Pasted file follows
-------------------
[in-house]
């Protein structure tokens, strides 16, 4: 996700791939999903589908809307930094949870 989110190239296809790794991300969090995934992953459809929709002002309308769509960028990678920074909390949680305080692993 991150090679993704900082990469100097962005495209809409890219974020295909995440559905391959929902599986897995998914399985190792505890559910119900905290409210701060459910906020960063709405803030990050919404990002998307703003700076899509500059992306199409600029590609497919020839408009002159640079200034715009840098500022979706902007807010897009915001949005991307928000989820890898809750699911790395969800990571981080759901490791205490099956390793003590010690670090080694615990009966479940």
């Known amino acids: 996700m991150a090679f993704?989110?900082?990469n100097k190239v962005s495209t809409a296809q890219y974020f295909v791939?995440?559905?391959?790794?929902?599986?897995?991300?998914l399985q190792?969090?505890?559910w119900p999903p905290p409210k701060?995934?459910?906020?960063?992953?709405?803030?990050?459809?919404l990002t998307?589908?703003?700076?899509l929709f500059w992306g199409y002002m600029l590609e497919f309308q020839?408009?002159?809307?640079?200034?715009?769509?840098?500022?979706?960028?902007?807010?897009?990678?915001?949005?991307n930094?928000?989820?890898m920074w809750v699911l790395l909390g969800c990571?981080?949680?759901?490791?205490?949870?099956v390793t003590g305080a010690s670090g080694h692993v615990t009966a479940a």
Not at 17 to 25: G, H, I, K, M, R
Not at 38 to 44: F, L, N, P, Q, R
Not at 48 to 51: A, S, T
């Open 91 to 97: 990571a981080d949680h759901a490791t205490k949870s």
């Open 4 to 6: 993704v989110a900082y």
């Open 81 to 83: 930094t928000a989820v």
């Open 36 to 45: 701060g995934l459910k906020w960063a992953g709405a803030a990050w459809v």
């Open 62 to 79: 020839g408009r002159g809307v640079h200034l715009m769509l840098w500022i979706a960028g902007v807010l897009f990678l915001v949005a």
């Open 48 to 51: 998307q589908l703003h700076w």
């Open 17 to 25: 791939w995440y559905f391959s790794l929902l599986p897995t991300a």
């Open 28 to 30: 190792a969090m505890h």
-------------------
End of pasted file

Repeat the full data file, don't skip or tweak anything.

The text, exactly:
[in-house]
């Protein structure tokens, strides 16, 4: 996700791939999903589908809307930094949870 989110190239296809790794991300969090995934992953459809929709002002309308769509960028990678920074909390949680305080692993 991150090679993704900082990469100097962005495209809409890219974020295909995440559905391959929902599986897995998914399985190792505890559910119900905290409210701060459910906020960063709405803030990050919404990002998307703003700076899509500059992306199409600029590609497919020839408009002159640079200034715009840098500022979706902007807010897009915001949005991307928000989820890898809750699911790395969800990571981080759901490791205490099956390793003590010690670090080694615990009966479940």
């Known amino acids: 996700m991150a090679f993704?989110?900082?990469n100097k190239v962005s495209t809409a296809q890219y974020f295909v791939?995440?559905?391959?790794?929902?599986?897995?991300?998914l399985q190792?969090?505890?559910w119900p999903p905290p409210k701060?995934?459910?906020?960063?992953?709405?803030?990050?459809?919404l990002t998307?589908?703003?700076?899509l929709f500059w992306g199409y002002m600029l590609e497919f309308q020839?408009?002159?809307?640079?200034?715009?769509?840098?500022?979706?960028?902007?807010?897009?990678?915001?949005?991307n930094?928000?989820?890898m920074w809750v699911l790395l909390g969800c990571?981080?949680?759901?490791?205490?949870?099956v390793t003590g305080a010690s670090g080694h692993v615990t009966a479940a």
Not at 17 to 25: G, H, I, K, M, R
Not at 38 to 44: F, L, N, P, Q, R
Not at 48 to 51: A, S, T
């Open 91 to 97: 990571a981080d949680h759901a490791t205490k949870s």
């Open 4 to 6: 993704v989110a900082y």
């Open 81 to 83: 930094t928000a989820v």
């Open 36 to 45: 701060g995934l459910k906020w960063a992953g709405a803030a990050w459809v």
């Open 62 to 79: 020839g408009r002159g809307v640079h200034l715009m769509l840098w500022i979706a960028g902007v807010l897009f990678l915001v949005a």
């Open 48 to 51: 998307q589908l703003h700076w």
């Open 17 to 25: 791939w995440y559905f391959s790794l929902l599986p897995t991300a």
């Open 28 to 30: 190792a969090m505890h």